The TPS6594-Q1 is an integrated power-management device for automotive and industrial applications. The device provides four flexible multi-phase configurable step-down converters with 3.5 A per phase, and one additional step-down converted with 2 A capability. All of the bucks can be synchronized to an internal 2.2 MHz or 4.4 MHz or an external 1 MHz, 2 MHz, or 4 MHz clock signal. To improve EMC performance of the device, an integrated spread-spectrum modulation can be added to the synchronized buck switching clock signal, which can also be made available to external devices through a GPIO output pin. The device provides four LDOs; three with 500 mA capability which can be configured as load switches, one with 300 mA capability and low-noise performance.
Non-volatile memory (NVM) is used to control the default power sequences, as well as default configurations such as output voltage and GPIO configurations. The NVM is factory-programmed to allow start-up without external programming. Most static settings can be changed from the default through SPI or I2C registers to configure the device to meet many different system needs. As a safety feature, the NVM contains a bit-integrity-error detection feature to stop the power-up sequence if an error is detected, preventing the system from starting in an unknown state.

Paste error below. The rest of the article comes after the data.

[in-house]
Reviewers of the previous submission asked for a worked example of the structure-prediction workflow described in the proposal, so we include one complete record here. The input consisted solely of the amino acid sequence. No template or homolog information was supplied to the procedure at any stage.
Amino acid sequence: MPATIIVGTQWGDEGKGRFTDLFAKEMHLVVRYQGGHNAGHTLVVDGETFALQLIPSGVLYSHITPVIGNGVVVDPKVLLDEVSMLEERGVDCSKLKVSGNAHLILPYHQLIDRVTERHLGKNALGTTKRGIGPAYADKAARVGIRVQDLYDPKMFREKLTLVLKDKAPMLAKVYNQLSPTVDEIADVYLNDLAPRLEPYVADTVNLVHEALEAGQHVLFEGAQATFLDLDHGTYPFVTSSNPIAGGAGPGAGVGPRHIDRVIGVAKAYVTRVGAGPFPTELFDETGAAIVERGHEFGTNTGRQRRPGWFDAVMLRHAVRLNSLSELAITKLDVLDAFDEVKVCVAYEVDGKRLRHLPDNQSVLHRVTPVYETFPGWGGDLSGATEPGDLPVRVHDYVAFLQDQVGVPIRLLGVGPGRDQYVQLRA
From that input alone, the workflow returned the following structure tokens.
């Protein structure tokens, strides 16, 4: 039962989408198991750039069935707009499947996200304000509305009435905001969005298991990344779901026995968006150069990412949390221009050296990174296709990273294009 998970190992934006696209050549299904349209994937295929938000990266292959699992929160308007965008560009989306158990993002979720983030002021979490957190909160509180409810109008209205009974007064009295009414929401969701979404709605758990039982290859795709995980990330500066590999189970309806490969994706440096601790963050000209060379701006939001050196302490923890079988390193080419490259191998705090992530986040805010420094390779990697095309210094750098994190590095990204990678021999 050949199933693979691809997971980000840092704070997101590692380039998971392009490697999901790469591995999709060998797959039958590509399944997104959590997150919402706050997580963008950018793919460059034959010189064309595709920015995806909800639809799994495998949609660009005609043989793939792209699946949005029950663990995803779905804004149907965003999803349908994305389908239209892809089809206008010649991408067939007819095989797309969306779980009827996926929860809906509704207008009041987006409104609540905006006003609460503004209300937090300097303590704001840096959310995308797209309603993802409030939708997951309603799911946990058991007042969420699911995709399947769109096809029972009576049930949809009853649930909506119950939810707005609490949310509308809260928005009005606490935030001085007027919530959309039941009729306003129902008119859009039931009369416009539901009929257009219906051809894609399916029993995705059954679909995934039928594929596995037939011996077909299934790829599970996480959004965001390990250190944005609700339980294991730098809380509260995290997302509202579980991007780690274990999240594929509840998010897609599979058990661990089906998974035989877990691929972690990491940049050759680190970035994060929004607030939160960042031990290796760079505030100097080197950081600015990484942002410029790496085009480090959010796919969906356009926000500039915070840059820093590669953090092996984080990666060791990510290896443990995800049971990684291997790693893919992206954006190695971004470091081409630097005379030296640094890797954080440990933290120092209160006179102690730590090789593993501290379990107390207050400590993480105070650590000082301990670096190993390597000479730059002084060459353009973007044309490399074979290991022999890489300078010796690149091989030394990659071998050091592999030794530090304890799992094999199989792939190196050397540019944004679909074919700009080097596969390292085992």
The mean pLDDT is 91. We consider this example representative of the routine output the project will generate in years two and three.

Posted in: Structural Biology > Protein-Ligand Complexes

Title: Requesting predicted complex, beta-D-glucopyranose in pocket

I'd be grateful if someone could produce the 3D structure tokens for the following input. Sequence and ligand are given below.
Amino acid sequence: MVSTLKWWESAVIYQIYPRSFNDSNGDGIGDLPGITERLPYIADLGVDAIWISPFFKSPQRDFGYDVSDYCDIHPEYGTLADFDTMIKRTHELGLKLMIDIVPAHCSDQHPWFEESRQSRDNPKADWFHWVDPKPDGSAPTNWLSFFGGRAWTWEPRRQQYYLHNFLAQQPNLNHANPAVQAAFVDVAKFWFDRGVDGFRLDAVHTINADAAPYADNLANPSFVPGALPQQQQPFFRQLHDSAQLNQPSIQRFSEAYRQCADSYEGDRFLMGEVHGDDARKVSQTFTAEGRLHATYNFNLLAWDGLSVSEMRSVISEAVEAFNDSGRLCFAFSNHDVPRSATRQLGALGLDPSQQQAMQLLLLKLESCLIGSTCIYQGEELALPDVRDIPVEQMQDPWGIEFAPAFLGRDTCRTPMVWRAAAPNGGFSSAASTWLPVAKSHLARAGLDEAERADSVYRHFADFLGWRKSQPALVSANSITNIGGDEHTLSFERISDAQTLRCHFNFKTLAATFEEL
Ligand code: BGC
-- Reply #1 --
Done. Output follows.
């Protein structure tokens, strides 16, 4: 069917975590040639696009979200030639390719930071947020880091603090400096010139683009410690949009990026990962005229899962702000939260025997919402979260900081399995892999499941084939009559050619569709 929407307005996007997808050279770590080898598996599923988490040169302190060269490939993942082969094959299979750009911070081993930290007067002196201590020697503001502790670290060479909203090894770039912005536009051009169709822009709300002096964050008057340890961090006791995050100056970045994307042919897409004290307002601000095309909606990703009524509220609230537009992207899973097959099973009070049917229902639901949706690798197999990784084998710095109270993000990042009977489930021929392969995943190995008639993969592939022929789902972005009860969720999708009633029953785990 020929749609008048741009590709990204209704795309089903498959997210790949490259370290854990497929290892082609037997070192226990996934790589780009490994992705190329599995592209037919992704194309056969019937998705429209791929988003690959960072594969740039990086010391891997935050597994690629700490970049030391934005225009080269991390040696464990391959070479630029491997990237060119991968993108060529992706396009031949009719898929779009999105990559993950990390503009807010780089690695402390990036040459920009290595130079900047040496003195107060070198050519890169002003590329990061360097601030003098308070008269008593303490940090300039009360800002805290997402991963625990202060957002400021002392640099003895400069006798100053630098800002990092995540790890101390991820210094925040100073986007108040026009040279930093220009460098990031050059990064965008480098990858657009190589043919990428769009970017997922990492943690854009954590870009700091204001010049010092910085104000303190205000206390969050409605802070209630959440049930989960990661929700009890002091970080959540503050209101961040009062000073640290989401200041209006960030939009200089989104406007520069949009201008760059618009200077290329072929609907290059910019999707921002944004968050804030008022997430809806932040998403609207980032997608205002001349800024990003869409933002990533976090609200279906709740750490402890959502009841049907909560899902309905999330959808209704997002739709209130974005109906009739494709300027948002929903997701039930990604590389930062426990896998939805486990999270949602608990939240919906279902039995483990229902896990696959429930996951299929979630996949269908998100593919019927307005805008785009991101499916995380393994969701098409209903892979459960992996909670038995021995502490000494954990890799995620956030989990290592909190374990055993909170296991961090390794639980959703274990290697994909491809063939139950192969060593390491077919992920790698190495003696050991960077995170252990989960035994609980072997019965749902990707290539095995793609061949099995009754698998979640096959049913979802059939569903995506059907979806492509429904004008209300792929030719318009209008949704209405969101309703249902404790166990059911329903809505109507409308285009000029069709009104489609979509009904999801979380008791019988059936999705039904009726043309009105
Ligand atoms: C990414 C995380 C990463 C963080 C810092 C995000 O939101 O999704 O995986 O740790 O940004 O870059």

The TPS6594-Q1 includes a 32 kHz crystal oscillator, which generates the accurate 32 kHz clock for the integrated RTC module. A backup-battery management provides power to the crystal oscillator and the RTC module from a coin cell battery or a super-cap in the event of power loss from the main supply.
The TPS6594-Q1 device includes a Q&A watchdog to monitor for software lockup, and 2 system error monitoring inputs with fault injection options to monitor the error signals from the attached SoC or MCU. The device also includes protection and diagnostic mechanisms such as short-circuit protection, thermal monitoring and shutdown. The PMIC can notify the processor of these events through the interrupt handler, allowing the processor to take action in response.